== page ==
As IRFU president in 1968/69 and a chief dignitary at the Five Nations in Cardiff, Chris Crowley was seated beside Prince Charles, now HM King Charles III, at the fixture against Wales.
It was at a time when Cardiff Arms Park’s new east stand was still in its construction stage. The Irish team was on a high, brimming with confidence. Having played seven internationals in succession without being beaten – six wins and one draw, Ireland were favourites in March 1969. Only Wales stood between Ireland and the Triple Crown.
Arriving at the Seabank Hotel Portcawl, the Irish party headquarters, it was discovered the Irish captain, before leaving Cork, had received a strange telephone message from a London-based rugby journalist, that apparently the Welsh team had worked out some devious plan, not entirely within the Laws of the Game, to cut the Irish party down to size.
Tom Kiernan did not give much credence to it, but Chris believed a new tension seemed to developing in the entire Irish party, while there was an increased determination to win this match among the players.
The two teams had togged out in temporary dressing rooms, and the Welsh Rugby Union’s arrangements required that the Prince, escorted by the two Union presidents, Chris Crowley and Ivor Jones, would walk across from the east side to the centre of the pitch where the two teams were lined up in the usual way.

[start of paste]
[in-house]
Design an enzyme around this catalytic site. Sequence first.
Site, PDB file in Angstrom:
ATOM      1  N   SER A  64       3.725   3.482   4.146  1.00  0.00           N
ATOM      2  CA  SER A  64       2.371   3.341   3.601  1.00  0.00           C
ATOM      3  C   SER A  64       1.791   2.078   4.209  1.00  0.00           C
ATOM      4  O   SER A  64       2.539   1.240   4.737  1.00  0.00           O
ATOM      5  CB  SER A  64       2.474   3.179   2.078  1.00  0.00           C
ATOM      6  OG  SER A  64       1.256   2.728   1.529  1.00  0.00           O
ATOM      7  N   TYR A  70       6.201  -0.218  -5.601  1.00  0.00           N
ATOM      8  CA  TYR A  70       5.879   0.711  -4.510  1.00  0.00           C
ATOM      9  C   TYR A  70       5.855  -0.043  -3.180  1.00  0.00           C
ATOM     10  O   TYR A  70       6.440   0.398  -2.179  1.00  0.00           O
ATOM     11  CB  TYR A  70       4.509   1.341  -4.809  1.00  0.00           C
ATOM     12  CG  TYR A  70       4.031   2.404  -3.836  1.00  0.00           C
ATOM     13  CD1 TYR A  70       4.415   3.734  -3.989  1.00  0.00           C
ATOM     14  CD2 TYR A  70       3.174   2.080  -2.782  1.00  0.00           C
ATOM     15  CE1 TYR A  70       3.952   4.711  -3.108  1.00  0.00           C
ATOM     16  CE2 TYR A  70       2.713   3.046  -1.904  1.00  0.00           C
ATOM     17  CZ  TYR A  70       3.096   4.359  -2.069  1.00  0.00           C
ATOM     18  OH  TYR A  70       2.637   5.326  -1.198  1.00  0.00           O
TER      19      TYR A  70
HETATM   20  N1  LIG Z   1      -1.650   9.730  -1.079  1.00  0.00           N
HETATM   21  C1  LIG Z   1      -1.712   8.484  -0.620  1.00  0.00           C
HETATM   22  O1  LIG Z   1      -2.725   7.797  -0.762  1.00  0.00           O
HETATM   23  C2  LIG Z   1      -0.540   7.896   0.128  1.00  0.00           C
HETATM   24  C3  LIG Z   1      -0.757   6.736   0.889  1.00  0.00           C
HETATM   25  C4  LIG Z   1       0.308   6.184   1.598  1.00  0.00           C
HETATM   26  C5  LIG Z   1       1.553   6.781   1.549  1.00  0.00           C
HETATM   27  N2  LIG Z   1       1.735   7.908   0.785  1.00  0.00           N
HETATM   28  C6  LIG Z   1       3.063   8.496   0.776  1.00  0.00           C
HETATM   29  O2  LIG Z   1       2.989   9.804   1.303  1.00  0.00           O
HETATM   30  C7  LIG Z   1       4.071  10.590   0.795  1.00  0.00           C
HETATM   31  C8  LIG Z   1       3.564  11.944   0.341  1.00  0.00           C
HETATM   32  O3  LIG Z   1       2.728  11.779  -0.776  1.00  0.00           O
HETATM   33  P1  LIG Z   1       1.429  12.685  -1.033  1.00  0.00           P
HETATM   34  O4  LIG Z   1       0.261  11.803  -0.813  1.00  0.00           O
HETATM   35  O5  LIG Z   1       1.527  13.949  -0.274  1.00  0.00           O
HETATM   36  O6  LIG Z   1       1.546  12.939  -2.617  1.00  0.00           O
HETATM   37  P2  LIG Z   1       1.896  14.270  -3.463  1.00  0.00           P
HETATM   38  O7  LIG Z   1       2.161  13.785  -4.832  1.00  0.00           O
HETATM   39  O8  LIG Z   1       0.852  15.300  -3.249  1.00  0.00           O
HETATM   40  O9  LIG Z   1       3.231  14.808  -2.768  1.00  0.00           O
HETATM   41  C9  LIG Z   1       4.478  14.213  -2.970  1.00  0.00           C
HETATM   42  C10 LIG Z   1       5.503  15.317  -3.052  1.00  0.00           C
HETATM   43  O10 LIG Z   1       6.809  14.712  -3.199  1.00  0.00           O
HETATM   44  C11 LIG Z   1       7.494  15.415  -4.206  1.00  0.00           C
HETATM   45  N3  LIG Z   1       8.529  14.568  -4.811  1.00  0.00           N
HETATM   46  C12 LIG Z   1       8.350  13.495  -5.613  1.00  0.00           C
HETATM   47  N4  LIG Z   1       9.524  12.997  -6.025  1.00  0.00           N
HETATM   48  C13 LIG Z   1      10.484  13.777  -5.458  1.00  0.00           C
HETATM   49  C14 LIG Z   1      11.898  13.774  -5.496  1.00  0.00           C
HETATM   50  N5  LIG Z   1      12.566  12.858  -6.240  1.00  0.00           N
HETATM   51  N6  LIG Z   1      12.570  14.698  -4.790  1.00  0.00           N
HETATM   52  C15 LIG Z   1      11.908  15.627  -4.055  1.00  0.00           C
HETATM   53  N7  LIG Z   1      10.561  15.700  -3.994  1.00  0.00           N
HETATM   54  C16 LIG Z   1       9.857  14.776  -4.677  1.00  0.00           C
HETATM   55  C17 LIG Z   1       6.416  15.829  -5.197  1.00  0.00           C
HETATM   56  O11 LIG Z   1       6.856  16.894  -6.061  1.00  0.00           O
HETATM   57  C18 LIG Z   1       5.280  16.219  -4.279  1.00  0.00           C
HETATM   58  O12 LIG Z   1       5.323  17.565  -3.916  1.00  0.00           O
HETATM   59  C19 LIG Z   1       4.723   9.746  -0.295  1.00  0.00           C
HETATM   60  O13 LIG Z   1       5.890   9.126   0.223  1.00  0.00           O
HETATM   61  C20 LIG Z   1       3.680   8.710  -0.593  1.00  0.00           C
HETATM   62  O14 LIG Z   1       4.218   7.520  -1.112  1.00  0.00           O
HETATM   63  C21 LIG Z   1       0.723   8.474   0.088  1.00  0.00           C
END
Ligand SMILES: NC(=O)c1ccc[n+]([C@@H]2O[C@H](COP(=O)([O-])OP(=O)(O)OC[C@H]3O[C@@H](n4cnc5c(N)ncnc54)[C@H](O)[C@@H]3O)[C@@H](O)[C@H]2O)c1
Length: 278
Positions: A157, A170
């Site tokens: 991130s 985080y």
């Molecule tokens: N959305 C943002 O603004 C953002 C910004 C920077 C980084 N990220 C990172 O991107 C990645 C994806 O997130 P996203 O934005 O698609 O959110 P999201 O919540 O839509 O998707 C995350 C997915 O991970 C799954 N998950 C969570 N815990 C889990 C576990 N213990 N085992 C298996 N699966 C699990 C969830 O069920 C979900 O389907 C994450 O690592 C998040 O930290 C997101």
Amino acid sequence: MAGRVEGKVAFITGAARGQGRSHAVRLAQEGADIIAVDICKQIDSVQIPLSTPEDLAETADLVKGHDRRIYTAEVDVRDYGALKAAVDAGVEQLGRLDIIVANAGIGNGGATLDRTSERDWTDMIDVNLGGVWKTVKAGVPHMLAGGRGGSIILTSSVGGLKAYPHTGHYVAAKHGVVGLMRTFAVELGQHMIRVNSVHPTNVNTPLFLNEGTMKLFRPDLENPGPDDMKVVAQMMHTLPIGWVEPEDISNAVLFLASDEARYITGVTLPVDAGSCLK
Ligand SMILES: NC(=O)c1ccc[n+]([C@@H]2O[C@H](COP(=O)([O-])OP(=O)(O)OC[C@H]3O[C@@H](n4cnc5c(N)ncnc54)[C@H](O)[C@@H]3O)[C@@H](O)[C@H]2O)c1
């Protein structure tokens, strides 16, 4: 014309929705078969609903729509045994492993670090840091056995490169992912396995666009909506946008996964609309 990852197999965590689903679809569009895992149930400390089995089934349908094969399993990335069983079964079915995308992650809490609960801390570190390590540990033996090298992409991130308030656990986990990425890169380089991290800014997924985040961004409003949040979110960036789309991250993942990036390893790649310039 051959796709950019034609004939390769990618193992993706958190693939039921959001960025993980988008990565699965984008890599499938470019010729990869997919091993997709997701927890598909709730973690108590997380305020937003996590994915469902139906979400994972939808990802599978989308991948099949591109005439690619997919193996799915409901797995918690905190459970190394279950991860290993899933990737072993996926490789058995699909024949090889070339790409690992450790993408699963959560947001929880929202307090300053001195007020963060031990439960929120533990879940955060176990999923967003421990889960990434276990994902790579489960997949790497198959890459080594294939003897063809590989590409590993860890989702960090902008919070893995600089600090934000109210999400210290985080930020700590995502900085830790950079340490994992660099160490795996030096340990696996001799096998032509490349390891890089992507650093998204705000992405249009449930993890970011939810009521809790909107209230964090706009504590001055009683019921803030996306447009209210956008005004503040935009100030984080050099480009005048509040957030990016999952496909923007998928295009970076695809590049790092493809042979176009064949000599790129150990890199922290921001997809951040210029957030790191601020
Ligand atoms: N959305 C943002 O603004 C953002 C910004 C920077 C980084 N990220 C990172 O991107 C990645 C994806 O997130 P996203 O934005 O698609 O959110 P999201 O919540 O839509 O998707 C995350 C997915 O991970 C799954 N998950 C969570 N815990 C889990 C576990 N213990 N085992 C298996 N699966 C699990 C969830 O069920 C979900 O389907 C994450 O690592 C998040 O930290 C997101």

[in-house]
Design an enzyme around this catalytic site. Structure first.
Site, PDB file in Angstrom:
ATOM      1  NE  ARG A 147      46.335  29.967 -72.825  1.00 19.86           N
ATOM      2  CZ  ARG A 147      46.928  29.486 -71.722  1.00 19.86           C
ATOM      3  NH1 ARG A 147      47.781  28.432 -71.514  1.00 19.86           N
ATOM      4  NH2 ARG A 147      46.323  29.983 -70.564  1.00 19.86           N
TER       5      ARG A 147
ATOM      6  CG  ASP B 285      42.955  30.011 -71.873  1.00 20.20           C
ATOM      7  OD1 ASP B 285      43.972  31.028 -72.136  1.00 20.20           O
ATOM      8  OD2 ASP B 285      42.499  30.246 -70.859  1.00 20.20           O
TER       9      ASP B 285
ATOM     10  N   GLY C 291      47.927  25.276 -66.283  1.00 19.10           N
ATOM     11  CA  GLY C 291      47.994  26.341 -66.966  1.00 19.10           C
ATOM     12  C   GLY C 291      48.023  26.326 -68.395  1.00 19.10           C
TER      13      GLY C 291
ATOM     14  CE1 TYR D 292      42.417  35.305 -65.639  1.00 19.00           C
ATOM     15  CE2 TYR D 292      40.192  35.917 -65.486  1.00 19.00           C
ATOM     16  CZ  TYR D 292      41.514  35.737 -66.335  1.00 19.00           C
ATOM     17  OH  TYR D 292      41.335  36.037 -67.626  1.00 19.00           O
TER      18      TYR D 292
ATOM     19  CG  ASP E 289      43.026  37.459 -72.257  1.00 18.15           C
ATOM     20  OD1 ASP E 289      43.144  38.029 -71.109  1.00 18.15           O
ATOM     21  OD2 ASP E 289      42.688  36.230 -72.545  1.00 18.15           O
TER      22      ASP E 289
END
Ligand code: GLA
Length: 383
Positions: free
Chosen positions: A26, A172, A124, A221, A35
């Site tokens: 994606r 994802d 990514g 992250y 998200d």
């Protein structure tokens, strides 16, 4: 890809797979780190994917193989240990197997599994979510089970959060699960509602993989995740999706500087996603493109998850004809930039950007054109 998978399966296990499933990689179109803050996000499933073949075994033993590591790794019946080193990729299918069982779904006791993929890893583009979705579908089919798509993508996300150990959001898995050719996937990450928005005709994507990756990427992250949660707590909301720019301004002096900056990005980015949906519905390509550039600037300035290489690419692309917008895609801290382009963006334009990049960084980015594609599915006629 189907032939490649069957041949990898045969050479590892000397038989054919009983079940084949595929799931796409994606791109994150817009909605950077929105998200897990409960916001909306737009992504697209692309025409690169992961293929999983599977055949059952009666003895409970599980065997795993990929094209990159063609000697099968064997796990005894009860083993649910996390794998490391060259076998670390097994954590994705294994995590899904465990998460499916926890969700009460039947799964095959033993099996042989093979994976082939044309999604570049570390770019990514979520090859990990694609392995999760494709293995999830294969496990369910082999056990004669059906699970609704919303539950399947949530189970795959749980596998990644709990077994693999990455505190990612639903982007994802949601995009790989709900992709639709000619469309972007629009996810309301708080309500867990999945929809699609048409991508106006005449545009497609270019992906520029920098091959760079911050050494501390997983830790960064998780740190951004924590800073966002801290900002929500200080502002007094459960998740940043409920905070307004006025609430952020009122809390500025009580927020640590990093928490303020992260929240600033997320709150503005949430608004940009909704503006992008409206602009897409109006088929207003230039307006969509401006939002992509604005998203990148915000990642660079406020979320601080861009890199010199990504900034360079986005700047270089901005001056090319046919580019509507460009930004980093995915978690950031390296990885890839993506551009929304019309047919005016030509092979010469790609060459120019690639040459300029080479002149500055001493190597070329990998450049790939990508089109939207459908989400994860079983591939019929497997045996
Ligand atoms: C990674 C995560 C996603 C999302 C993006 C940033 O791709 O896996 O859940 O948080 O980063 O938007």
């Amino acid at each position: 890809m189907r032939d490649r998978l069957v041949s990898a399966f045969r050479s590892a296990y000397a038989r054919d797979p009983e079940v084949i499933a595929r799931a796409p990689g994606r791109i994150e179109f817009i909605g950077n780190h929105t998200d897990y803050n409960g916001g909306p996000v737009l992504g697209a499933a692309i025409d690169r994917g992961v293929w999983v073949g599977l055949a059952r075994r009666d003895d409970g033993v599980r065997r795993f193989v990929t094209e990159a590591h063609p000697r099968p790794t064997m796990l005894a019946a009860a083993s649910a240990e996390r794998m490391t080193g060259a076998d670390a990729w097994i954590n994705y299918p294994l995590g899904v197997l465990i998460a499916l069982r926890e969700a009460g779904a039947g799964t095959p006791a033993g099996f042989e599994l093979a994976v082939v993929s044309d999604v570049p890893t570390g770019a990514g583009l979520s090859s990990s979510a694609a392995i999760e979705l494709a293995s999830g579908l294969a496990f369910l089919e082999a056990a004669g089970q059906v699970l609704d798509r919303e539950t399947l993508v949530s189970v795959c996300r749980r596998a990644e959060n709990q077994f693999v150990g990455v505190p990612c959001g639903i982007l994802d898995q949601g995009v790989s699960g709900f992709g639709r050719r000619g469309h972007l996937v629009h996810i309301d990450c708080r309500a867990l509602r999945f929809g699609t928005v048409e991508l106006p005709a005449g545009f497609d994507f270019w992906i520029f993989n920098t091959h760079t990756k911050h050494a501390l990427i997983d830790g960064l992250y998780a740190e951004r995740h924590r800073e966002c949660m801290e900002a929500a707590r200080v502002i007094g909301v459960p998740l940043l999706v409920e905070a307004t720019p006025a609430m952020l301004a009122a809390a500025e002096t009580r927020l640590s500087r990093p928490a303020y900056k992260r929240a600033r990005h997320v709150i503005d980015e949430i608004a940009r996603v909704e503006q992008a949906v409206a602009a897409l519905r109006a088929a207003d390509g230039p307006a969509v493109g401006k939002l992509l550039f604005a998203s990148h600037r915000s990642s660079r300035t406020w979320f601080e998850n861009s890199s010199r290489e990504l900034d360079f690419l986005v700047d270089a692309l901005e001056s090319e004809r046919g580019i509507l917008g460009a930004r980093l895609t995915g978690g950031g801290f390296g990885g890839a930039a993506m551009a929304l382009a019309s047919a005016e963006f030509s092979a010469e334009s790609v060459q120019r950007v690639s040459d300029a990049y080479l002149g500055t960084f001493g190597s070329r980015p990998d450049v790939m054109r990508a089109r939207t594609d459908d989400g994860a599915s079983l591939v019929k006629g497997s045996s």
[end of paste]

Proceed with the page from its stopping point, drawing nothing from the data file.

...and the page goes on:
Chris recalls hearing a lot of booing all around the ground as they walked out – and jokingly whispered to Jones, was it him [Jones] or Chris they were booing – what was it about? Jones whispered back “fiercely”. “Shut your bloody mouth Chris. He’ll hear you [meaning the prince].”
He recalls another odd occurrence as Prince Charles walked along the two lines shaking hands with the players, one of whom was the Welsh sub hooker Norman Gale. Gale stood with both hands deep in his pockets.
“As the prince came to him, he (Gale) slowly and apparently reluctantly dragged one hand out his pocket and half held it out to be shaken.
“Then I was intrigued to hear the Prince say: ‘Oh, you’re not playing, you’re just a reserve.’
“I thought Gale lost out in the little demonstration of bad manners.”